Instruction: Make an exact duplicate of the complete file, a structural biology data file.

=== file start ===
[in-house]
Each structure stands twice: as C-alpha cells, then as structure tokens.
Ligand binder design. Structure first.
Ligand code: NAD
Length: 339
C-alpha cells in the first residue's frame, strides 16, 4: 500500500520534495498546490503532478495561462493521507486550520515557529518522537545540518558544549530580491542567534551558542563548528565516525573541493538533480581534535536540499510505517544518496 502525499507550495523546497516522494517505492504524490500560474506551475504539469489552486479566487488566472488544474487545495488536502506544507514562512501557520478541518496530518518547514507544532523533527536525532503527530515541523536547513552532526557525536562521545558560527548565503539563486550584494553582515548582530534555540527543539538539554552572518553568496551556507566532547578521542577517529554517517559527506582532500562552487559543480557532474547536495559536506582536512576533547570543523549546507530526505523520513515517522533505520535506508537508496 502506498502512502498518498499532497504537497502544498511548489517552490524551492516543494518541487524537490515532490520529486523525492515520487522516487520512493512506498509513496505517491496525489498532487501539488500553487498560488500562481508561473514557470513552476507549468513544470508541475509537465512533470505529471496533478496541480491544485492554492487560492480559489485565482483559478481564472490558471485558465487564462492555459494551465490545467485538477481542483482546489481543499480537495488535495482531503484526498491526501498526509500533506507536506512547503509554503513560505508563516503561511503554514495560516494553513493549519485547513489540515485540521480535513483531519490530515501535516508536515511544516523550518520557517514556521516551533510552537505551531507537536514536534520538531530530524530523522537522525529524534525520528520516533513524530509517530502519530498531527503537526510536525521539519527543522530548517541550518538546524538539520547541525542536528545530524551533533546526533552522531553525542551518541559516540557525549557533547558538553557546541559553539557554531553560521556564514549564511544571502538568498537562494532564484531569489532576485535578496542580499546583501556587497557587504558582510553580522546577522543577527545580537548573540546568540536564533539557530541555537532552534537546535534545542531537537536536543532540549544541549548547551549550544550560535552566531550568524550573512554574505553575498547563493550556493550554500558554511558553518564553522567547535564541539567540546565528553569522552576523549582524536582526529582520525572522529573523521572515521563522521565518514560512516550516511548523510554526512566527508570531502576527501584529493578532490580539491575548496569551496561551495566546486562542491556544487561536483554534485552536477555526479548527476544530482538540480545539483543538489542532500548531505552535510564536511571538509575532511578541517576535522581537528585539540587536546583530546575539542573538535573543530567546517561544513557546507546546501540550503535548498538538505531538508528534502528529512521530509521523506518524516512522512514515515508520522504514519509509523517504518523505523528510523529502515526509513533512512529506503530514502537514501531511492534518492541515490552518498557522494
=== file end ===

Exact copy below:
[in-house]
Each structure stands twice: as C-alpha cells, then as structure tokens.
Ligand binder design. Structure first.
Ligand code: NAD
Length: 339
C-alpha cells in the first residue's frame, strides 16, 4: 500500500520534495498546490503532478495561462493521507486550520515557529518522537545540518558544549530580491542567534551558542563548528565516525573541493538533480581534535536540499510505517544518496 502525499507550495523546497516522494517505492504524490500560474506551475504539469489552486479566487488566472488544474487545495488536502506544507514562512501557520478541518496530518518547514507544532523533527536525532503527530515541523536547513552532526557525536562521545558560527548565503539563486550584494553582515548582530534555540527543539538539554552572518553568496551556507566532547578521542577517529554517517559527506582532500562552487559543480557532474547536495559536506582536512576533547570543523549546507530526505523520513515517522533505520535506508537508496 502506498502512502498518498499532497504537497502544498511548489517552490524551492516543494518541487524537490515532490520529486523525492515520487522516487520512493512506498509513496505517491496525489498532487501539488500553487498560488500562481508561473514557470513552476507549468513544470508541475509537465512533470505529471496533478496541480491544485492554492487560492480559489485565482483559478481564472490558471485558465487564462492555459494551465490545467485538477481542483482546489481543499480537495488535495482531503484526498491526501498526509500533506507536506512547503509554503513560505508563516503561511503554514495560516494553513493549519485547513489540515485540521480535513483531519490530515501535516508536515511544516523550518520557517514556521516551533510552537505551531507537536514536534520538531530530524530523522537522525529524534525520528520516533513524530509517530502519530498531527503537526510536525521539519527543522530548517541550518538546524538539520547541525542536528545530524551533533546526533552522531553525542551518541559516540557525549557533547558538553557546541559553539557554531553560521556564514549564511544571502538568498537562494532564484531569489532576485535578496542580499546583501556587497557587504558582510553580522546577522543577527545580537548573540546568540536564533539557530541555537532552534537546535534545542531537537536536543532540549544541549548547551549550544550560535552566531550568524550573512554574505553575498547563493550556493550554500558554511558553518564553522567547535564541539567540546565528553569522552576523549582524536582526529582520525572522529573523521572515521563522521565518514560512516550516511548523510554526512566527508570531502576527501584529493578532490580539491575548496569551496561551495566546486562542491556544487561536483554534485552536477555526479548527476544530482538540480545539483543538489542532500548531505552535510564536511571538509575532511578541517576535522581537528585539540587536546583530546575539542573538535573543530567546517561544513557546507546546501540550503535548498538538505531538508528534502528529512521530509521523506518524516512522512514515515508520522504514519509509523517504518523505523528510523529502515526509513533512512529506503530514502537514501531511492534518492541515490552518498557522494